The Jacksonville Jaguars and Kansas City Chiefs have ended the first half of the 2012 NFL season with a lot in common, including matching 1-7 records, but the franchises also sport two of the most laughable offenses in the entire NFL.
In what is a high-scoring passing league these days, the Jags and Chiefs have managed to be horrendous in all aspects of the offense. Thanks to miserable quarterback play, horrible play-calling, a porous offensive line or some mixture of all the above, neither team exactly strikes fear into the hearts of defenses.
It takes a special unit to end up with the worst offense in the entire NFL, but Jacksonville and Kansas City have managed to do just that. Let's examine each miserable unit and attempt to decide which is worse.
The Chiefs offense isn't statistically the worst in the league and is actually pretty formidable on the ground, with the running game averaging 150 yards per game—good for the No. 3 ranking in the NFL.
It's all downhill from there.
Kansas City is has one of the more talented teams on paper, minus the quarterback position. Matt Cassel and Brady Quinn have swapped the starting gig but have only led the offense to 207 passing yards a game. Cassel has a 68 quarterback rating on the year, Quinn's is 43.
Surprisingly, the biggest issue in Kansas City isn't the quarterback position—it's the play-calling from head coach Romeo Crennel and his staff.
Crennel has a top-five running back in Jamaal Charles, who already has 634 yards on the ground with a 4.8 yards-per-carry average. For some unfathomable reason, the coaching staff has only allowed Charles to rush the ball 17 times in the past two contests.
There's a lot wrong in Kansas City, but it starts at the top with the coaching staff.
While the Chiefs are one of the more talented teams on paper, the Jaguars don't even have that going for them.
Jacksonville ranks dead last in scoring in the NFL, as quarterback Blaine Gabbert and company only put up 14.6 points per game. It also ranks last in passing yards and total yards per game. It's a bit of a surprising statistic considering some of that supposed talent that is on the Jaguars roster.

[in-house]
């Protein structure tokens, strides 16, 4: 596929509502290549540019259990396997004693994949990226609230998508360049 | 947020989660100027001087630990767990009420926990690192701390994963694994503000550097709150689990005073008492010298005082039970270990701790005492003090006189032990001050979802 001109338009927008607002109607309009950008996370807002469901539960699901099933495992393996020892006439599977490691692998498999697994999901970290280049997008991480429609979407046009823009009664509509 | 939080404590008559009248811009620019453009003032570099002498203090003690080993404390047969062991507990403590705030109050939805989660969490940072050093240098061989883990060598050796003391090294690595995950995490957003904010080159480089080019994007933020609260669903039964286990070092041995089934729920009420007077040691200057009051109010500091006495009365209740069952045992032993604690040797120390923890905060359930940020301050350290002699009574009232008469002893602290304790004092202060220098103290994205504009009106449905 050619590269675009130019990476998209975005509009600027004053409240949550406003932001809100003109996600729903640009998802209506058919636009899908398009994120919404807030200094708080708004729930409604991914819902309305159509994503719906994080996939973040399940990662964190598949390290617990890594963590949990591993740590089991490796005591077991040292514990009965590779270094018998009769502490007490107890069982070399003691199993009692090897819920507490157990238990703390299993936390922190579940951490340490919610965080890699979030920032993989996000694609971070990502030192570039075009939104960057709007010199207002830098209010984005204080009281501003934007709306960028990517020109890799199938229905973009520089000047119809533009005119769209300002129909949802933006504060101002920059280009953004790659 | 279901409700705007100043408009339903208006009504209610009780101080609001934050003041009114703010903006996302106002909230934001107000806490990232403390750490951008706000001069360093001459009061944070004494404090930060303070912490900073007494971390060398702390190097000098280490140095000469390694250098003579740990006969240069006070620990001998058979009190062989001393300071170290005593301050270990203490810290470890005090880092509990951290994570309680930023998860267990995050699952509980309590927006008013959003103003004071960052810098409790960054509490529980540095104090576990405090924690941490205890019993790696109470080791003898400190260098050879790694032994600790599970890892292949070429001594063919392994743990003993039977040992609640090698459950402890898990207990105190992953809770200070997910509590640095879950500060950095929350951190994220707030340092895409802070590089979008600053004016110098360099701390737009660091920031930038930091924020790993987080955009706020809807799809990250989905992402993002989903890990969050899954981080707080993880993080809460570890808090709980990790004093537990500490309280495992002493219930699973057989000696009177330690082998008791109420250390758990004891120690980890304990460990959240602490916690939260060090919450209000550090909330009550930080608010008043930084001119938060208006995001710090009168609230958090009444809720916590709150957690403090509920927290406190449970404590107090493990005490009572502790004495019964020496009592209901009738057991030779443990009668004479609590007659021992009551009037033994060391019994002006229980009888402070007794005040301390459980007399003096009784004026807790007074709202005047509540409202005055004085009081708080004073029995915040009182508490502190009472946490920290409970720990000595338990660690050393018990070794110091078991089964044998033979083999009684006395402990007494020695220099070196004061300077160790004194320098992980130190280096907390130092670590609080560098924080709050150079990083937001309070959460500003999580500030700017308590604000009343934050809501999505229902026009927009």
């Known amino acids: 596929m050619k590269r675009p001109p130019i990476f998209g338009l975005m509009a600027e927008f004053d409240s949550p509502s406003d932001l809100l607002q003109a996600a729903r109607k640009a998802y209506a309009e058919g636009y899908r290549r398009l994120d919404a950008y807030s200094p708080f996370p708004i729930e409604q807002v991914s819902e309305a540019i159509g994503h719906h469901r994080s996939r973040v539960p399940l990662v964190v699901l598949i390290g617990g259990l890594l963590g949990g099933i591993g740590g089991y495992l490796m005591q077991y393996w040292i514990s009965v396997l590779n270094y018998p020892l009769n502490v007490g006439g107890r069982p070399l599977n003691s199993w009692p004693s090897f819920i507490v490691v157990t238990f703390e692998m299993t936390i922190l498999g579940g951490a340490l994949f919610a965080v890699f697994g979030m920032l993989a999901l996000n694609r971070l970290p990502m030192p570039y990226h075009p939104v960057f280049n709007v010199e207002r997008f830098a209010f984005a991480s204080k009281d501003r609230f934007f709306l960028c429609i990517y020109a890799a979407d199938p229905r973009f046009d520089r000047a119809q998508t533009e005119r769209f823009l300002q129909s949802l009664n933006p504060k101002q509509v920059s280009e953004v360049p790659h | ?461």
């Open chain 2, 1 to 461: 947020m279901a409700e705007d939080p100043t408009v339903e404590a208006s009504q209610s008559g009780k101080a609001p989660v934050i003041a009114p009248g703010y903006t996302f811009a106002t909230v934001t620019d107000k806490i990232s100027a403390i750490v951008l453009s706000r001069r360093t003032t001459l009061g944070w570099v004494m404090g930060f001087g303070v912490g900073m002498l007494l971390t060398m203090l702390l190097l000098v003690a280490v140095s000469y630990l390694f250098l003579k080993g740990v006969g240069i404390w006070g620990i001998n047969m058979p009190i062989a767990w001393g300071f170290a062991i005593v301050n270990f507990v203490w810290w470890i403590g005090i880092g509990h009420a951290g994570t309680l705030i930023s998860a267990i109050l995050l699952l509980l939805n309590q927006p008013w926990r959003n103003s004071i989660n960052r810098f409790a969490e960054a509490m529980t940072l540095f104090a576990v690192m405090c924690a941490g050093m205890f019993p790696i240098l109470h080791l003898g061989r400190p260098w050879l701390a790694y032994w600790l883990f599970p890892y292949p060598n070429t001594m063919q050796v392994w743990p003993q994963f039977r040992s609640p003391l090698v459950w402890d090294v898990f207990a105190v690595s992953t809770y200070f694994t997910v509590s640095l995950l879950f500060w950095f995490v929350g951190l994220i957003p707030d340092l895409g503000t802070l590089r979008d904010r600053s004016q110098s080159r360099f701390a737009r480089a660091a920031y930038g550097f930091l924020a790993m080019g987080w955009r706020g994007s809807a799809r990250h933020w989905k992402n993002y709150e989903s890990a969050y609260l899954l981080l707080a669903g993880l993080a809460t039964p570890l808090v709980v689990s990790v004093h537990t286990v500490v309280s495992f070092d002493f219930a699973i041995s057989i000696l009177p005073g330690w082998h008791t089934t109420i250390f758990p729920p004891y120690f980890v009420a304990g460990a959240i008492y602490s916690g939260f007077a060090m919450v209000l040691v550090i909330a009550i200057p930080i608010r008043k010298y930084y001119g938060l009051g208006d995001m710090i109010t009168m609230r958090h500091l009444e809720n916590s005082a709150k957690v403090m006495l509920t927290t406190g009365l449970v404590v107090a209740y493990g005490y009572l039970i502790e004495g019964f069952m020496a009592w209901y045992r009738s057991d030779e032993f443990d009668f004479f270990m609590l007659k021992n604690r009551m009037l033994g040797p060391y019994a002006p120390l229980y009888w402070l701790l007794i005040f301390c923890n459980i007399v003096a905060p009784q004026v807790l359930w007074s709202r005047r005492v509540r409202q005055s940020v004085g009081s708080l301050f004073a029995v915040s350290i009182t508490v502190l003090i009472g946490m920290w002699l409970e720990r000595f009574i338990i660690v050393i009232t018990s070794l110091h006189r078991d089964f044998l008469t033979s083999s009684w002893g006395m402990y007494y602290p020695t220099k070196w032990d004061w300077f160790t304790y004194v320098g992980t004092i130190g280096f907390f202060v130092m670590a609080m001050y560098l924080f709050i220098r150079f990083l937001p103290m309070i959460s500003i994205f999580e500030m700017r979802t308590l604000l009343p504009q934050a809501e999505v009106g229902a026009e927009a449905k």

Second-year quarterback Gabbert has made some progress from his abysmal rookie campaign, but he doesn't exactly have the best weapons around him. Rookie receiver Justin Blackmon, the No. 5 overall selection in the 2012 NFL draft and supposed No. 1 receiver, has been a bust to this point.
Add in that last year's leading rusher, Maurice Jones-Drew, held out in the offseason and has a mediocre season, and it's easy to see why Gabbert is orchestrating the worst offense in the league.
It's going to be extremely difficult for Gabbert to turn into a franchise quarterback when the front office keeps whiffing on draft selections and actually bringing in talent to build around him.
The Jacksonville Jaguars don't just have the worst statistical offense in the NFL—they have the least talented unit at almost every position.
While the Kansas City Chiefs have been horrible offensively, a simple coaching change could transform a talented unit into at least an above-average unit in the matter of weeks.
The same cannot be said for the Jaguars.
The verdict is still out on Gabbert, but there is literally nothing around him except an over-the-hill running back, a glorified No. 1 receiver that is undersized and a mess of role-players without a defined role.
Jacksonville not only has mediocre offensive coaching, it's backed by one of the worst front offices in the league in terms of personnel decisions. As a result, the Jaguars have the worst offense in the NFL.
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